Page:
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We've seen this before, haven't we? Government institutes program to spur auto sales by offering car buyers a federal incentive to turn in an old car for a shiny, efficient new one, leading to sales growth, which later leads to no money in the program and the request for an extension. Our British friends across The Pond are reportedly looking to provide an extension to its version of Cash for Clunkers, which allocates £2,000 (nearly $3,200 USD) towards a new vehicle when a vehicle 10 years

Governments all over the world have introduced Cash-For-Clunkers-style programs that are nothing if not controversial. While the stated intent of each of these schemes is to increase new car sales and remove older, dirtier and less fuel efficient vehicles from the road, some powerful organizations have voiced concerns that untold numbers of classic machinery may be lost forever for no good reason. Could it be that both sides are right? New car buyers in the UK are reportedly flocking to Hyundai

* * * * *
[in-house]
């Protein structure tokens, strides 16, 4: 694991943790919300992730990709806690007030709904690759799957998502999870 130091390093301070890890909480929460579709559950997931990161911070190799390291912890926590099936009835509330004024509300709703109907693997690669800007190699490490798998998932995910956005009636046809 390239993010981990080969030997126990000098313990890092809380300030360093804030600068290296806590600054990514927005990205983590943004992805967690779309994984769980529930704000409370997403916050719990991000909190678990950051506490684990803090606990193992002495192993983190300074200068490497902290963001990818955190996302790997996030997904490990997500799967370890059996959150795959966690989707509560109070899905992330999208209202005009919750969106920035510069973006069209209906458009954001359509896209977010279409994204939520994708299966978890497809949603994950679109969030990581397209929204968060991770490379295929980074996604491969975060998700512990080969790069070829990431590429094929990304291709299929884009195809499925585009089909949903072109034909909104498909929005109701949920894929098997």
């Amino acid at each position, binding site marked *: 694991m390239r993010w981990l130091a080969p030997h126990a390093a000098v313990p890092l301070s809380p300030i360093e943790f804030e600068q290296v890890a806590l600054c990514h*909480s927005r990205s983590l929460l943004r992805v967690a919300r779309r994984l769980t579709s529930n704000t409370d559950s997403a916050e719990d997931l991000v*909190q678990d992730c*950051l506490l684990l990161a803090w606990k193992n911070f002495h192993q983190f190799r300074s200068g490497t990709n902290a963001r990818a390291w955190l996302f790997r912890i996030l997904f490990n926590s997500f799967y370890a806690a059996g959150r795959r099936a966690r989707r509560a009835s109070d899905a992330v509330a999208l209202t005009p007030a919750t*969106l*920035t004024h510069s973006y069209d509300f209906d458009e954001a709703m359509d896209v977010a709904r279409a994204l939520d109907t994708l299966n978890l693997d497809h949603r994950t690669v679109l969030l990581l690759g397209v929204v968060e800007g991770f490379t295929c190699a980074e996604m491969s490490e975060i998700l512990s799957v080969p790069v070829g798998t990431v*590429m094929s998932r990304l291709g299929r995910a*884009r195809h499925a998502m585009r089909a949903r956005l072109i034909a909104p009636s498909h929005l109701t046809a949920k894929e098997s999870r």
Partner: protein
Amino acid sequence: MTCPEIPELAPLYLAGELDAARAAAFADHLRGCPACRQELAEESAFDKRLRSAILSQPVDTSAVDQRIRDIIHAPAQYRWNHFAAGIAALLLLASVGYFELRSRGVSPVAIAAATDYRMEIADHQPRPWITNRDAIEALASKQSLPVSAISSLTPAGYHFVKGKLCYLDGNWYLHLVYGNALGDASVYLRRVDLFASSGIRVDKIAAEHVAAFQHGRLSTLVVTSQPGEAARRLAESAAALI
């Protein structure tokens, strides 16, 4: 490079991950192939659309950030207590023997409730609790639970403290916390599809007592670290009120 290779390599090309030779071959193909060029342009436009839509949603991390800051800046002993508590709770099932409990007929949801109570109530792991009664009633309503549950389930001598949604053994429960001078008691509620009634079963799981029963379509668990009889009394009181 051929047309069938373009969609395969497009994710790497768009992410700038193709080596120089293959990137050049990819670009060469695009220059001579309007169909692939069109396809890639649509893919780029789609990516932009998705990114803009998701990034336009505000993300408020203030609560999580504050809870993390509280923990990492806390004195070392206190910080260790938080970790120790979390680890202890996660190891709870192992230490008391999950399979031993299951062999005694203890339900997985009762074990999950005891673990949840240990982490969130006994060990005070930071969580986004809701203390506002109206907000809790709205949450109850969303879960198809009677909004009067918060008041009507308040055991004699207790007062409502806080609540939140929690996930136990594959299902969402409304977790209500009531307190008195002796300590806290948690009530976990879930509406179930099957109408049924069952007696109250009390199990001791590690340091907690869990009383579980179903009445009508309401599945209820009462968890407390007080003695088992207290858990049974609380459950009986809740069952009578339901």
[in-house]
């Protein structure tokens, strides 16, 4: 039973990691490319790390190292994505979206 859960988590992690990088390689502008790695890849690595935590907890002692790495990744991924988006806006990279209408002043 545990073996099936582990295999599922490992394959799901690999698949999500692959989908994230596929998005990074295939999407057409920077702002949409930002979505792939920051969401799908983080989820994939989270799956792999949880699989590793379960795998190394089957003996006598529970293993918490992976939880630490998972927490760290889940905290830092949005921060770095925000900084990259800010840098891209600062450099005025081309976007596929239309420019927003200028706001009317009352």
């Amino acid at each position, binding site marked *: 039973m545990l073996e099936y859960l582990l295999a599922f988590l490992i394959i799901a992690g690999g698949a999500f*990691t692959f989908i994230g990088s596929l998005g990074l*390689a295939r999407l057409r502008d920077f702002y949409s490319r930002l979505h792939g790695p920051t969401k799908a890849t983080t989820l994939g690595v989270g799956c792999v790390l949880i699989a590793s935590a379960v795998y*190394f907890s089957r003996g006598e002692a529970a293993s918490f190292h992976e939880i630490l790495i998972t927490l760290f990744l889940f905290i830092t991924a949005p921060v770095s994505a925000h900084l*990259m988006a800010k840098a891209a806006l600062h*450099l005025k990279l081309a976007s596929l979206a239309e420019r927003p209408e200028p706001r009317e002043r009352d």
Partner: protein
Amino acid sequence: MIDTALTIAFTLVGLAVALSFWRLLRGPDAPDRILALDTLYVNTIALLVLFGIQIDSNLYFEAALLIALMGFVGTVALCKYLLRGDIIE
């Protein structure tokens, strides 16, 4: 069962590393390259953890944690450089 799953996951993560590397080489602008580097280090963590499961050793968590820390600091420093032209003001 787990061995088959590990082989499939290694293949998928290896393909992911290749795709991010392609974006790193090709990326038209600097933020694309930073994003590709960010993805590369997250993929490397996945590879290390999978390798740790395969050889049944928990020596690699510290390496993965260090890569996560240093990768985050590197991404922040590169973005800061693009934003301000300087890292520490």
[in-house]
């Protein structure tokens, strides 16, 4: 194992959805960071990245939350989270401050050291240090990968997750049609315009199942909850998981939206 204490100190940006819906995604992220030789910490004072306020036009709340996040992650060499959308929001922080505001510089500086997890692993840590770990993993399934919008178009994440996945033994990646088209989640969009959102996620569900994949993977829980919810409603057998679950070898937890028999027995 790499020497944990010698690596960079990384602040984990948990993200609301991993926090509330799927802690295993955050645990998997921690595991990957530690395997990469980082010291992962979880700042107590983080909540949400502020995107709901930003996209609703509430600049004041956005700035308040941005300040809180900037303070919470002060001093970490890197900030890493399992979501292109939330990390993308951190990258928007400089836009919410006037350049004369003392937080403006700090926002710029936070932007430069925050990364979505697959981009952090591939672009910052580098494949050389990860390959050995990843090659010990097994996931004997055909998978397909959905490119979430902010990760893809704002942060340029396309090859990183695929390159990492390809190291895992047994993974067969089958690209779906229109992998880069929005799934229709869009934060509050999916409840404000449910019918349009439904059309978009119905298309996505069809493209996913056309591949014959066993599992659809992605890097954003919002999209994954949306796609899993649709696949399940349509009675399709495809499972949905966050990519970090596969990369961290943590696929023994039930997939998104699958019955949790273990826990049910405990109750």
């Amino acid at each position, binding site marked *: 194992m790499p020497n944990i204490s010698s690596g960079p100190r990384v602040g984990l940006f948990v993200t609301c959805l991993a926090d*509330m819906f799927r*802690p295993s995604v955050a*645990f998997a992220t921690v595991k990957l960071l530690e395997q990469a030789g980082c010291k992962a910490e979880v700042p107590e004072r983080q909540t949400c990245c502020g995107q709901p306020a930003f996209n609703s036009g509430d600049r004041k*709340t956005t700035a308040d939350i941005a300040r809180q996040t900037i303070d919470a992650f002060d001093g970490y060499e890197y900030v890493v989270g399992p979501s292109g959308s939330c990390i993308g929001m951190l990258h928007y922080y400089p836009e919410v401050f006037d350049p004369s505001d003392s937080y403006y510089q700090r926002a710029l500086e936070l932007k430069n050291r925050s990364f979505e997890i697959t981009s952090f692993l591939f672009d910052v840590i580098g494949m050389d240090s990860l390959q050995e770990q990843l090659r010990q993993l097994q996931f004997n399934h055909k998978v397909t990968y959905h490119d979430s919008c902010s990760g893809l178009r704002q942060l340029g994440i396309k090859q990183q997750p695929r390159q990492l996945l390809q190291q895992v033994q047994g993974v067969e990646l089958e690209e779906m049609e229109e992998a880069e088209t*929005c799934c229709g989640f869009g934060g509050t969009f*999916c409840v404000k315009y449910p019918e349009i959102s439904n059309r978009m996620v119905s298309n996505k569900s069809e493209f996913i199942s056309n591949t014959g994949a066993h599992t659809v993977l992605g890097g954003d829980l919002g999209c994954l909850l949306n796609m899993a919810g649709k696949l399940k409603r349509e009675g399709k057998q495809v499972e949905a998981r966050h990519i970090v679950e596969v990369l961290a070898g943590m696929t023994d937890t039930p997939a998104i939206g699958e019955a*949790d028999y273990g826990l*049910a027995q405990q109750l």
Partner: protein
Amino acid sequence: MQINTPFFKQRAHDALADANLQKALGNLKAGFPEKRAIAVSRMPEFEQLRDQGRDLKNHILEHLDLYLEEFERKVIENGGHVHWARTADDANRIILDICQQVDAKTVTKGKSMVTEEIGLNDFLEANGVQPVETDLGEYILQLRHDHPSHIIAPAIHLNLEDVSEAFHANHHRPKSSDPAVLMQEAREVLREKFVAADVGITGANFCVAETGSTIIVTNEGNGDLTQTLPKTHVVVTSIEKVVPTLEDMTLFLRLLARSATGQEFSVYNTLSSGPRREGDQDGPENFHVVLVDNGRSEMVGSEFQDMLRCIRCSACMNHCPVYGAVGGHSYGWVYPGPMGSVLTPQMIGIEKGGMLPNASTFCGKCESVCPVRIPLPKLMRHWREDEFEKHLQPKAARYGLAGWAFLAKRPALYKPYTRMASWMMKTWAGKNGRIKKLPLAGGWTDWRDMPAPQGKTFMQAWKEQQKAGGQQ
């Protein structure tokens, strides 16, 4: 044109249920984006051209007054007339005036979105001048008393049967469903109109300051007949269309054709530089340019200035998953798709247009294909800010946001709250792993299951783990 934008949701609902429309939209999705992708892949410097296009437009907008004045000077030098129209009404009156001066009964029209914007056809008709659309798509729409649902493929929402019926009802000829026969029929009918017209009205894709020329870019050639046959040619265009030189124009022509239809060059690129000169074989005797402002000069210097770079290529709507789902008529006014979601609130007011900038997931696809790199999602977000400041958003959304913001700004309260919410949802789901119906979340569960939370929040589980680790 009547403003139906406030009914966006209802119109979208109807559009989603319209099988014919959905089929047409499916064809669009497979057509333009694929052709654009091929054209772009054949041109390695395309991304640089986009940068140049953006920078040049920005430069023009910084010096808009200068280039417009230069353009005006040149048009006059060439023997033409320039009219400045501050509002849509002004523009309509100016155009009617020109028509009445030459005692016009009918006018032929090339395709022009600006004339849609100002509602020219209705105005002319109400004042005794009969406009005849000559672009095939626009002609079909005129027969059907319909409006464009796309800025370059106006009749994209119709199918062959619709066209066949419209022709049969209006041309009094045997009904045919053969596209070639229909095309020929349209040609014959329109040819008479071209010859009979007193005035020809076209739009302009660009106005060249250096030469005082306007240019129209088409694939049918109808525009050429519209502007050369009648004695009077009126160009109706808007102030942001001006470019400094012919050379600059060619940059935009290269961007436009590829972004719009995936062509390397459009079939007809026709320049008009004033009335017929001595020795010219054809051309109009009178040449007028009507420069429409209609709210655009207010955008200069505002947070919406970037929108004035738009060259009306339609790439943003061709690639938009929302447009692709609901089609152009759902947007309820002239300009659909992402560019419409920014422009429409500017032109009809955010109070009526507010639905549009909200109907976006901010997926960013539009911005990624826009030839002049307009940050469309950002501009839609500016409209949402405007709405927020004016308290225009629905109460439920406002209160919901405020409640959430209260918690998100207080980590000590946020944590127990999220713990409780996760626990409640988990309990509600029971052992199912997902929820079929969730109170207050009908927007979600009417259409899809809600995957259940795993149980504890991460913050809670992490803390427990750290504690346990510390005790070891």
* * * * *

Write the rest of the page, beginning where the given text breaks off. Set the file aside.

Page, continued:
When legislators in the United Kingdom decided to introduce a so-called Cash for Clunkers program, it was widely suggested that older, fuel-guzzling vehicles would be removed from the road in favor of the latest crop of clean, green, fuel efficient cars and trucks. As is often the case, reality may not be quite so cut-and-dry.

When legislators in the United Kingdom decided to introduce its Cash for Clunkers program, it was widely suggested that older, fuel-guzzling vehicles would be removed from the road in favor of the latest crop of clean, green, fuel efficient cars and trucks. As is often the case, reality isn't so cut-and-dry.